You’d think in 2014 it would go without saying.
The sports world is no place for hurtful slurs.
And as I’ve continued the enjoy the World Cup even as a novice at following soccer, the much-maligned FIFA took a big whiff when confronted with its latest controversy.
Some fans will always use salty language. But rampant chants of “puto,” a Spanish anti-gay slur, during a Brazil-Mexico match caused understandable uproar.
FIFA ecided against any disciplinary actions against fans or teams. The chants are “not considered insulting in this specific context,” according to FIFA. Hogwash. Try chanting any number of much-more-taboo racial slurs at a sporting event and see where that leads you. There is no acceptable context for antagonizing a large group of people.
“FIFA is a corrupt organization that allows migrant workers to be enslaved and worked to death. Unsurprising they don’t stop slurs,” NHL safety boss Patrick Burke tweeted Tuesday.
Maybe so. FIFA certainly has bigger issues to tackle, mainly the deadly migrant worker crisis in Qatar, but surely not too many to ignore their other problems.
-- Whether you’re for, against or indifferent to the Washington Redskins franchise changing its name, one conclusion is fairly obvious.
Daniel Snyder is handling this all wrong.
“We’ve seen this story before,” the official team statement began Wednesday in response to the U.S. Patent and Trademark Office’s decision to cancel the team’s nickname trademark.
The statement referred to a similar decision in 1999 before its overturning four years later: ‘Nothing to see here,’ essentially.
So, because the franchise won last time, we should expect the same result? Ask the Miami Heat how that kind of thinking works.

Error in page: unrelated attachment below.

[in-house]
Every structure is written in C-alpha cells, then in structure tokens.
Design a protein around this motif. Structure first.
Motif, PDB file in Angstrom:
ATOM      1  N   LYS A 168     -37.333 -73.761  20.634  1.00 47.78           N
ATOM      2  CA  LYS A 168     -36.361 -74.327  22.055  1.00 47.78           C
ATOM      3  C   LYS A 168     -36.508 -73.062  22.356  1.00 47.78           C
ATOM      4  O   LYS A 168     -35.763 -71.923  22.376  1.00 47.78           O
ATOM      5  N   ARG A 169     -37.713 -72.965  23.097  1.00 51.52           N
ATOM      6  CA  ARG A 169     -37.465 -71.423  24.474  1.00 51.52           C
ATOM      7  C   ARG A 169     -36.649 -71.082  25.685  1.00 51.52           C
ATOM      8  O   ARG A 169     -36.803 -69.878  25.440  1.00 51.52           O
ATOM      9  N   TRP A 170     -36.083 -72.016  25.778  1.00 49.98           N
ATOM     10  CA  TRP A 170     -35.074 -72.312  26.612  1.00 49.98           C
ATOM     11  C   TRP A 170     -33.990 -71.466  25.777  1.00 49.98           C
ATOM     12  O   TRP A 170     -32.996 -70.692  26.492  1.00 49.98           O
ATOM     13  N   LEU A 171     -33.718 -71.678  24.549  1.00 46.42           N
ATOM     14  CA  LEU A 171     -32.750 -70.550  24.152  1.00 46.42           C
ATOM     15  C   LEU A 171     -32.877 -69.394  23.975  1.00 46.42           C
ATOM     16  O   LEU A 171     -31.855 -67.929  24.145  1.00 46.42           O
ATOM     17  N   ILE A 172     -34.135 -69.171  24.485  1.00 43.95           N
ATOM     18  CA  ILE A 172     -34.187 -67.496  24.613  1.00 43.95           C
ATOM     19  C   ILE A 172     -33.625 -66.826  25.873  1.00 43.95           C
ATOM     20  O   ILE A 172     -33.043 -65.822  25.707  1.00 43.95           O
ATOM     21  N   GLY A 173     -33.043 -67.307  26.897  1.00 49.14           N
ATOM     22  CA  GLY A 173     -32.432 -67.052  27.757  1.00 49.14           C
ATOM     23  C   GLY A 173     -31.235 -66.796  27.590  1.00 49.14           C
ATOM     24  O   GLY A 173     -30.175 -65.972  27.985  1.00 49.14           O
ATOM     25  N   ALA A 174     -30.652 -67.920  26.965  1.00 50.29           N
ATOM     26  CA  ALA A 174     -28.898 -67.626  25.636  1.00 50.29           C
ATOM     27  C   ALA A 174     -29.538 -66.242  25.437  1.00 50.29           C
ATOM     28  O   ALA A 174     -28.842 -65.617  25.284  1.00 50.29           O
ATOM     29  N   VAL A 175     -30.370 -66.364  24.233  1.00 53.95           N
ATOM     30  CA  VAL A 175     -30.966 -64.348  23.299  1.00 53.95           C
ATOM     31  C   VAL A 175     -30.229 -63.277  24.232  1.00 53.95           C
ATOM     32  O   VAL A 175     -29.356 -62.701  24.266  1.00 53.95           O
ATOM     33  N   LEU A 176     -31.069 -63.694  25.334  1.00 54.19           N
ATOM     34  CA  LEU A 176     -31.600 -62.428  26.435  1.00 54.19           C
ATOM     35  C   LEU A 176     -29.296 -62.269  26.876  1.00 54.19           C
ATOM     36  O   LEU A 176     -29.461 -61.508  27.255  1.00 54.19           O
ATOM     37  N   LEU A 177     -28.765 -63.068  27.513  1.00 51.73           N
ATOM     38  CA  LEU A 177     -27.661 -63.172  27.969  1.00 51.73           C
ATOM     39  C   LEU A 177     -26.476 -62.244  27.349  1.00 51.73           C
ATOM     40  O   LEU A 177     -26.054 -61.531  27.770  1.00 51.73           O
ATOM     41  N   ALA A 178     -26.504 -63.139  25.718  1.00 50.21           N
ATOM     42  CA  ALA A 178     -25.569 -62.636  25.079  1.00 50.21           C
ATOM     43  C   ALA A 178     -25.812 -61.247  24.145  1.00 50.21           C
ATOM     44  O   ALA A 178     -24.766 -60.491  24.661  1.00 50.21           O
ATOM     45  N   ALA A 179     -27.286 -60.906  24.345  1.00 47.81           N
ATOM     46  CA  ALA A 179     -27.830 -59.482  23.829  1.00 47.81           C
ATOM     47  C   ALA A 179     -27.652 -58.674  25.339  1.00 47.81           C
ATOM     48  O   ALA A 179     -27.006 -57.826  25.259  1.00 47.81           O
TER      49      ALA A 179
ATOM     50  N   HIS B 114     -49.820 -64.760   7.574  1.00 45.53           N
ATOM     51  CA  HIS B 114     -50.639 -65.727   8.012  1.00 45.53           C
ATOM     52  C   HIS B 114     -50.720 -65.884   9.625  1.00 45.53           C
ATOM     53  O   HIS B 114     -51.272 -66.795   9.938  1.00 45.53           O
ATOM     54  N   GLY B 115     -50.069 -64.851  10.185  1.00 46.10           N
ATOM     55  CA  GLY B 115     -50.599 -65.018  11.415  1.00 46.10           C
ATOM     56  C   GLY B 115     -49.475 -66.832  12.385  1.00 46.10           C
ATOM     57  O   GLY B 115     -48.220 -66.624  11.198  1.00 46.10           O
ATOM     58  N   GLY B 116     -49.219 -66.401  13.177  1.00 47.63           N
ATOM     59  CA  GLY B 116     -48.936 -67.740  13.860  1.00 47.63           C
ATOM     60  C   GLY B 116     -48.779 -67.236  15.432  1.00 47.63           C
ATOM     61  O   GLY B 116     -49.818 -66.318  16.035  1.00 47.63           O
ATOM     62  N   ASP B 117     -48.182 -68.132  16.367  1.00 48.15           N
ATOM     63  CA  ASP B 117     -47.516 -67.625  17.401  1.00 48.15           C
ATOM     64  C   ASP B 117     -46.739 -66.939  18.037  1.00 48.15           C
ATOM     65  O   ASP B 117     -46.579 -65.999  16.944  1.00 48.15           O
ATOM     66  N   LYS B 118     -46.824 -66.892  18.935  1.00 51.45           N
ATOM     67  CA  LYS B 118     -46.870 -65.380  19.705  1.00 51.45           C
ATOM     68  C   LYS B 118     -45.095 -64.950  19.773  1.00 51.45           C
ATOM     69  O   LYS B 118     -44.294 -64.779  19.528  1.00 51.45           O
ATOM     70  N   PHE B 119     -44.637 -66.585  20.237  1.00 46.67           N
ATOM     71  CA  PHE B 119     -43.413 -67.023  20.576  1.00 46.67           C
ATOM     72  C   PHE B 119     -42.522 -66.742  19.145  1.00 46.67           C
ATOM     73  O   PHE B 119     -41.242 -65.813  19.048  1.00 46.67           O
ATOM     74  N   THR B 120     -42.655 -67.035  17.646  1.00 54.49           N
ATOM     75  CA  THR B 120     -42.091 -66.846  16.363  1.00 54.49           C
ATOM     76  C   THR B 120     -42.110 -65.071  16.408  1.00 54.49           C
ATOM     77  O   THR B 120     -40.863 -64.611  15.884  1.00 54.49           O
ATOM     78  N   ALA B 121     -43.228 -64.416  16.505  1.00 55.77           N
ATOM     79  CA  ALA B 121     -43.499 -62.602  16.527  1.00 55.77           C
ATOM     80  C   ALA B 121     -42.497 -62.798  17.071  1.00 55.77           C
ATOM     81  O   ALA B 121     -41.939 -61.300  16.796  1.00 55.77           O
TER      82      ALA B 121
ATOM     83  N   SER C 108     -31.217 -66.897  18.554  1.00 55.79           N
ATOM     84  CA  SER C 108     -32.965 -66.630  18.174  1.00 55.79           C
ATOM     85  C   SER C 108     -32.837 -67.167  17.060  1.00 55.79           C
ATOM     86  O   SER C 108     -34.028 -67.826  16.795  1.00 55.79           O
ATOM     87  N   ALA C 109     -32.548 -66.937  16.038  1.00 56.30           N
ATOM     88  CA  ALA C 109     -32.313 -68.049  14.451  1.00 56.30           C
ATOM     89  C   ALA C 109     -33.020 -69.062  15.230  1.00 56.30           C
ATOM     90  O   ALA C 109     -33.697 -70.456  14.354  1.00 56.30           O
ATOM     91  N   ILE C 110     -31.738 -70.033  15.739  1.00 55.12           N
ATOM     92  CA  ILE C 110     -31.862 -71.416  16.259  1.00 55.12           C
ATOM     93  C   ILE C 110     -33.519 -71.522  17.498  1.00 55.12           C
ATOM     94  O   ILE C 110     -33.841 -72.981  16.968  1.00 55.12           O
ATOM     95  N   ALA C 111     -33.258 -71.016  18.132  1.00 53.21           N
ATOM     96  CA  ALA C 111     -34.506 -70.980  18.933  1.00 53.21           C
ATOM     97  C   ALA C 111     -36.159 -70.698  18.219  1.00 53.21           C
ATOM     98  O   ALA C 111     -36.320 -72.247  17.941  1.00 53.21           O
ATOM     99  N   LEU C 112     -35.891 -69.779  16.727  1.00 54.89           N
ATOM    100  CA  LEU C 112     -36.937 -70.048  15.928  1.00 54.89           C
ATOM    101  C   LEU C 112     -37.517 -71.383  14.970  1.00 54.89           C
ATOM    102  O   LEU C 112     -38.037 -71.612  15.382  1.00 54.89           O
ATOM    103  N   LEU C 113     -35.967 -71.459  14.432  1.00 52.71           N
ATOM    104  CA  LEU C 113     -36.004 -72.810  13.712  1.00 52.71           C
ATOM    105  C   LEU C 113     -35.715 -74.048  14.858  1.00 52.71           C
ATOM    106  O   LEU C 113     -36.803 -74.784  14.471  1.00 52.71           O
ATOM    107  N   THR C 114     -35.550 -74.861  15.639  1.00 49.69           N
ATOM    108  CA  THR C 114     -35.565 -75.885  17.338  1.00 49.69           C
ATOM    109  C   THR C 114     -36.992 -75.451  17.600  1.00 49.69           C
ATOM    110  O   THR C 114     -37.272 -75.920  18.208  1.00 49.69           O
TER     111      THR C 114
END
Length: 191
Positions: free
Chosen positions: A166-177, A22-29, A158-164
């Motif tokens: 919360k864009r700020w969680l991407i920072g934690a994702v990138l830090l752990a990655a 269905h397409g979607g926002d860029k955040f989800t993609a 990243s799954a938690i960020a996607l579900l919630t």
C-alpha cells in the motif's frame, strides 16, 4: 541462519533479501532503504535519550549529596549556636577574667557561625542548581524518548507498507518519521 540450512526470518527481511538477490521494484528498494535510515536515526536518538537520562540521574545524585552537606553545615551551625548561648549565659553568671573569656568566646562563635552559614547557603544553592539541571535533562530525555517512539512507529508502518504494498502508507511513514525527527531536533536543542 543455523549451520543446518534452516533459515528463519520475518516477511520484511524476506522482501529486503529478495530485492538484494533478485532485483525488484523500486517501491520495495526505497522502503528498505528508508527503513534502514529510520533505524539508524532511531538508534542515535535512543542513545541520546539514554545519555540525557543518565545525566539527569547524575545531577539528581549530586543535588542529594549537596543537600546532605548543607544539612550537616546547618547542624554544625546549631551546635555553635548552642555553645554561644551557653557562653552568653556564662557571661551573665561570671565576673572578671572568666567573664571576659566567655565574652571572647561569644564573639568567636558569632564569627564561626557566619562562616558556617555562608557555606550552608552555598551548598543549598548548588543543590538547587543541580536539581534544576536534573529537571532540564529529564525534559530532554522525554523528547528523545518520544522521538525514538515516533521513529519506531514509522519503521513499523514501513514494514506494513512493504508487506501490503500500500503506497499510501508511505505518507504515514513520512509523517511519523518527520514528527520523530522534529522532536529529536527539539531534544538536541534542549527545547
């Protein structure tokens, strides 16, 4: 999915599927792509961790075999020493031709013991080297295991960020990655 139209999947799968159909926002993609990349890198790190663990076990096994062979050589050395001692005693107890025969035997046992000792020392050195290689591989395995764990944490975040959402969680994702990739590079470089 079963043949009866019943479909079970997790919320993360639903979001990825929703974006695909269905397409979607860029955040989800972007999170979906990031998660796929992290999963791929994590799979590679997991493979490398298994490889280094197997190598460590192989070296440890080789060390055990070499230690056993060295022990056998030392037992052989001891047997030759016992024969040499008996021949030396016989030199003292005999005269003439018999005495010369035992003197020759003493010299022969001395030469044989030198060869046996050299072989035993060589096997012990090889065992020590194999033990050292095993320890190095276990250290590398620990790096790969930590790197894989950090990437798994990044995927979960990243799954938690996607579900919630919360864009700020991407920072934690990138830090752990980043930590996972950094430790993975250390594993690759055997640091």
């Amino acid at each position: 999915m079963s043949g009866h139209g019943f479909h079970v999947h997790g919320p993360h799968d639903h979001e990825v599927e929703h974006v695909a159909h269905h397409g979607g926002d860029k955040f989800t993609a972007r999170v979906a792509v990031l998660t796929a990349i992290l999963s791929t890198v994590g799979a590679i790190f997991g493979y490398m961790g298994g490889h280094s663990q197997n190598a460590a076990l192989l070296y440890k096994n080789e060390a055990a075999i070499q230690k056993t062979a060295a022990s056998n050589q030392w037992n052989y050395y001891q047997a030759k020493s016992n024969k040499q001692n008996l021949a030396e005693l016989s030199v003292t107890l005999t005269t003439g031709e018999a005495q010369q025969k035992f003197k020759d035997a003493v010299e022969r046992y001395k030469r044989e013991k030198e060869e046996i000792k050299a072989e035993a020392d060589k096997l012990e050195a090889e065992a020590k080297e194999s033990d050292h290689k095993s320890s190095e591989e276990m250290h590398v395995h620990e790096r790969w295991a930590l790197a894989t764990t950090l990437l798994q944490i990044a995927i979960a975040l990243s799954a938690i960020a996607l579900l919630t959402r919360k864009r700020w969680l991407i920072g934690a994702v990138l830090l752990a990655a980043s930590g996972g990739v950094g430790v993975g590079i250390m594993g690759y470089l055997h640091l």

Instead of listening to complaints, Snyder and company cling to a decidedly defiant tone.
The statement reads more like a defensive diatribe than a professional response. Sure, we love to rip on spokespeople for weak language. But honesty and decency aren’t mutually exclusive.
To so arrogantly dismiss the complaints ruins any chance at winning the battle for public opinion. For whatever polls Snyder wants to flaunt or trademark technicalities to exploit, it’s clear some Native Americans are offended by the name.
Of course, even in the case the trademark ruling sticks, it doesn’t spell the nickname’s end. At most it could cut into NFL revenue, but unlikely to an extent to force league action. The name’s future remains in Snyder’s hands.
-- St. Bonaventure scrapped the Brown Indians long before my undergraduate days, far from the only college to voluntarily change from an offensive name. In four years at SBU, I heard nary a peep decrying lost history as a result.
My childhood baseball team, the Cleveland Indians, have slowly phased out the smiling Chief Wahoo logo. Do I wish they’d scrap it for good? Sure. The block-C logo works fine, and if it doesn’t upset anyone, all the better.
Attending a playoff game last season was terrific, even though they lost to Tampa Bay. But seeing fans in full Wahoo regalia, red face paint and all, struck me as all wrong.
The Indians deserve credit for at least slowly acknowledging complaints, but they’re lucky to avoid the same spectre shining on the Redskins.
In case you needed anecdotal evidence of shifting opinions, even the far-from-PC radio legend Howard Stern sides against Snyder.
“Why would he be so dead-set against change?” Stern said Wednesday, June 18. “I mean, the team is still going to be there. Even if it was like the Washington Reds, or something, I don’t know. I mean, what would it mean to him?”
Attitudes change. People evolve. Once the ball starts rolling, it doesn’t reverse course.
But Snyder remains in denial.
You can go into the future with grace. Or you can go the way of Daniel Snyder and Sepp Blatter.
(Press sports editor Sam Wilson may be contacted at email@example.com. Follow him on Twitter, @samwils.)